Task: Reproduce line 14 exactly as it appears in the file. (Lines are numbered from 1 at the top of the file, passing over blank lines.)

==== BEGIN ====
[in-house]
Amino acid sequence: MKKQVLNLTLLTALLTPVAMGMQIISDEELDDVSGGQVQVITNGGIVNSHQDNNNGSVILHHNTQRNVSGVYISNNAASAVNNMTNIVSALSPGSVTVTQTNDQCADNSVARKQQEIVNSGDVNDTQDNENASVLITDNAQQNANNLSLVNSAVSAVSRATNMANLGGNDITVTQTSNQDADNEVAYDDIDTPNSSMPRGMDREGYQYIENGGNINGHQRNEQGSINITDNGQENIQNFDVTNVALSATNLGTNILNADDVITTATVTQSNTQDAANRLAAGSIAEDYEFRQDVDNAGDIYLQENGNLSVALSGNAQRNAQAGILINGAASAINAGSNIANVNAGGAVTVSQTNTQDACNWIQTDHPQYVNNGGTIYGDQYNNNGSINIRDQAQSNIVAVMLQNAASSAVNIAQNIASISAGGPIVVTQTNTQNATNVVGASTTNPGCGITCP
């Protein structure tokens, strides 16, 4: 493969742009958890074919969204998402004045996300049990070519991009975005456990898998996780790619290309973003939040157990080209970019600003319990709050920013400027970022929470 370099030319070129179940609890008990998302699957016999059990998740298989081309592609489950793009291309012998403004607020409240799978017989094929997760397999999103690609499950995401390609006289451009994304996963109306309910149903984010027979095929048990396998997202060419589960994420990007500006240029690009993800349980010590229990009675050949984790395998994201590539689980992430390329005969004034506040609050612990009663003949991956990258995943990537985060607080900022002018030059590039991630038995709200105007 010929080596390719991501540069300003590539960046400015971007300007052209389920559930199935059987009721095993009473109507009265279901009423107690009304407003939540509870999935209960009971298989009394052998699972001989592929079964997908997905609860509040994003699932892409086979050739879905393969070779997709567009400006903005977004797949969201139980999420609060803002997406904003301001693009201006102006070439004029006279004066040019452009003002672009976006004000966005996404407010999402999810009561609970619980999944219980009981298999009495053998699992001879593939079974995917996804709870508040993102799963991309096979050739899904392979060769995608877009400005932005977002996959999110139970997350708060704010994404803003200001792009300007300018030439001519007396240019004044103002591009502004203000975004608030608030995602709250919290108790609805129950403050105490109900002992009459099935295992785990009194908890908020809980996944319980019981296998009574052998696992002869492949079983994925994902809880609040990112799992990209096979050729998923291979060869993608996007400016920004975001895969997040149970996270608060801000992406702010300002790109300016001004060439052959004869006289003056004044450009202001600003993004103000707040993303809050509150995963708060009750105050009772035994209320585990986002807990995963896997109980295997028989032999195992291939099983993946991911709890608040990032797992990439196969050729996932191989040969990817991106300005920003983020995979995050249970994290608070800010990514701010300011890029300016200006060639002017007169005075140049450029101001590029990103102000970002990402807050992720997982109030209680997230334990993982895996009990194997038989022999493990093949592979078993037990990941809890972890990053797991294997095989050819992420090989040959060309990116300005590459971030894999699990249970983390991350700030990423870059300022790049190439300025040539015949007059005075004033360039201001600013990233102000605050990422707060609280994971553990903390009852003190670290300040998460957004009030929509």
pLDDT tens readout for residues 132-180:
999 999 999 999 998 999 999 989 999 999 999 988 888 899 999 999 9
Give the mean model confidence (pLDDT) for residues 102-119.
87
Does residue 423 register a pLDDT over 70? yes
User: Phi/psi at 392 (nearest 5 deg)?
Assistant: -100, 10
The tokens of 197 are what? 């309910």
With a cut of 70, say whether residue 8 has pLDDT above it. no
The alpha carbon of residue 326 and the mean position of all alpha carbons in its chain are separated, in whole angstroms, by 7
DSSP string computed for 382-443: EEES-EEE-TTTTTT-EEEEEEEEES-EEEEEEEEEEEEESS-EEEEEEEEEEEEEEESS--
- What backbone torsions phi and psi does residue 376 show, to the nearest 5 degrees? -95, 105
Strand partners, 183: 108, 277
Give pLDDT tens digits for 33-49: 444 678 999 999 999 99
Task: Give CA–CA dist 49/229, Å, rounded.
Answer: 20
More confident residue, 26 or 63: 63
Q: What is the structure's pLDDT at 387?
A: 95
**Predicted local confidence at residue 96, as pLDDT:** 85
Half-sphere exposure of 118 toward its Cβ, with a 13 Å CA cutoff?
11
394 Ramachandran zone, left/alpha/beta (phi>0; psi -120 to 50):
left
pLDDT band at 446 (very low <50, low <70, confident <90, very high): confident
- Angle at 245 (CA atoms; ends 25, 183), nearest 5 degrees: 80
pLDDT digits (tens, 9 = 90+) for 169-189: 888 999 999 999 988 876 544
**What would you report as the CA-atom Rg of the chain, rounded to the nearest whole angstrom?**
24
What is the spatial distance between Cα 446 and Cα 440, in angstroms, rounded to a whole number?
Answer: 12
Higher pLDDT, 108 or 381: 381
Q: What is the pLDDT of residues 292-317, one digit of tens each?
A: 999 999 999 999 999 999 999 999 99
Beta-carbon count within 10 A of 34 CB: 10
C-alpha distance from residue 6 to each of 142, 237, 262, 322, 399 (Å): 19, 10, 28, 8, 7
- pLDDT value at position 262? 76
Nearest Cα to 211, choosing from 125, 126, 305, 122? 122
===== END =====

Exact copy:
DSSP string computed for 382-443: EEES-EEE-TTTTTT-EEEEEEEEES-EEEEEEEEEEEEESS-EEEEEEEEEEEEEEESS--